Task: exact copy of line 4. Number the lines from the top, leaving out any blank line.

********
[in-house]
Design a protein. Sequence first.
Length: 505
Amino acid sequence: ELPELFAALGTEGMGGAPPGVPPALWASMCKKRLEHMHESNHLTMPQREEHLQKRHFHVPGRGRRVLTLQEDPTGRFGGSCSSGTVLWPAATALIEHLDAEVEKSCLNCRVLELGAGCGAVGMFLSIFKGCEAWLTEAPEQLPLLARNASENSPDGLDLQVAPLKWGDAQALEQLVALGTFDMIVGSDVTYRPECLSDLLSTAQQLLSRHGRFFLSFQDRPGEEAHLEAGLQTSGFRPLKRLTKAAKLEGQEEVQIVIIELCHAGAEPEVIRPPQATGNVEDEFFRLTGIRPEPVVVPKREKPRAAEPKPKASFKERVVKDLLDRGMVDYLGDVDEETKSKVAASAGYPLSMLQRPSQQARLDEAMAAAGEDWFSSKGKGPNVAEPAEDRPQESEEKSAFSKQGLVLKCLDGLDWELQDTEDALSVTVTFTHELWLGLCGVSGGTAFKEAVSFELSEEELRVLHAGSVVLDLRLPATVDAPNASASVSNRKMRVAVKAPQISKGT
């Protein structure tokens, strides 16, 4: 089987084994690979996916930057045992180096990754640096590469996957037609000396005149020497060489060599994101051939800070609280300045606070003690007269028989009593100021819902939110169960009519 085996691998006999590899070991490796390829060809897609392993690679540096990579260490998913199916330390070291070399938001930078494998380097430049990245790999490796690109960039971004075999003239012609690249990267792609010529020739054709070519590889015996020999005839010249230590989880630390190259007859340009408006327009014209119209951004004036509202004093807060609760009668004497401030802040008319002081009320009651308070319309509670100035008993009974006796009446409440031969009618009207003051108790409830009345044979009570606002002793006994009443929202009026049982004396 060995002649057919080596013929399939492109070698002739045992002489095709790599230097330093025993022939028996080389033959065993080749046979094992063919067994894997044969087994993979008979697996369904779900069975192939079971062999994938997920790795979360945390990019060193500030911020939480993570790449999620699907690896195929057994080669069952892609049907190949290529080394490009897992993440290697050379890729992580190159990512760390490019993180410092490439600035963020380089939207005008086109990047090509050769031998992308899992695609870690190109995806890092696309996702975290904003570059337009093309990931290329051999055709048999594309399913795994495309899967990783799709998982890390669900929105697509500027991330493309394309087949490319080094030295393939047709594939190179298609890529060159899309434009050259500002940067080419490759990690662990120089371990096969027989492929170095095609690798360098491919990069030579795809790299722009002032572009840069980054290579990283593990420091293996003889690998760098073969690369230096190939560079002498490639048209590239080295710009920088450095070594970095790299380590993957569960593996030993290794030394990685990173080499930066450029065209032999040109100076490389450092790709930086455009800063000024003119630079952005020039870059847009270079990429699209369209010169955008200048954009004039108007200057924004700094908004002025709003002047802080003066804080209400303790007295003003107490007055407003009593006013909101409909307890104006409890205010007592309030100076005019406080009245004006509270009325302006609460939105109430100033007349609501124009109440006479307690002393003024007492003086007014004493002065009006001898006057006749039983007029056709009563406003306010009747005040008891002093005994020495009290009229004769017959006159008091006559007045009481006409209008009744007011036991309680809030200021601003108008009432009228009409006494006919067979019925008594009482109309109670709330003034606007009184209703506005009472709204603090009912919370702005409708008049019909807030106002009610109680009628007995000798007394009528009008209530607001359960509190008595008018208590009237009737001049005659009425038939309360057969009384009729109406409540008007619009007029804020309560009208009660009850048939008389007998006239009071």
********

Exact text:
Amino acid sequence: ELPELFAALGTEGMGGAPPGVPPALWASMCKKRLEHMHESNHLTMPQREEHLQKRHFHVPGRGRRVLTLQEDPTGRFGGSCSSGTVLWPAATALIEHLDAEVEKSCLNCRVLELGAGCGAVGMFLSIFKGCEAWLTEAPEQLPLLARNASENSPDGLDLQVAPLKWGDAQALEQLVALGTFDMIVGSDVTYRPECLSDLLSTAQQLLSRHGRFFLSFQDRPGEEAHLEAGLQTSGFRPLKRLTKAAKLEGQEEVQIVIIELCHAGAEPEVIRPPQATGNVEDEFFRLTGIRPEPVVVPKREKPRAAEPKPKASFKERVVKDLLDRGMVDYLGDVDEETKSKVAASAGYPLSMLQRPSQQARLDEAMAAAGEDWFSSKGKGPNVAEPAEDRPQESEEKSAFSKQGLVLKCLDGLDWELQDTEDALSVTVTFTHELWLGLCGVSGGTAFKEAVSFELSEEELRVLHAGSVVLDLRLPATVDAPNASASVSNRKMRVAVKAPQISKGT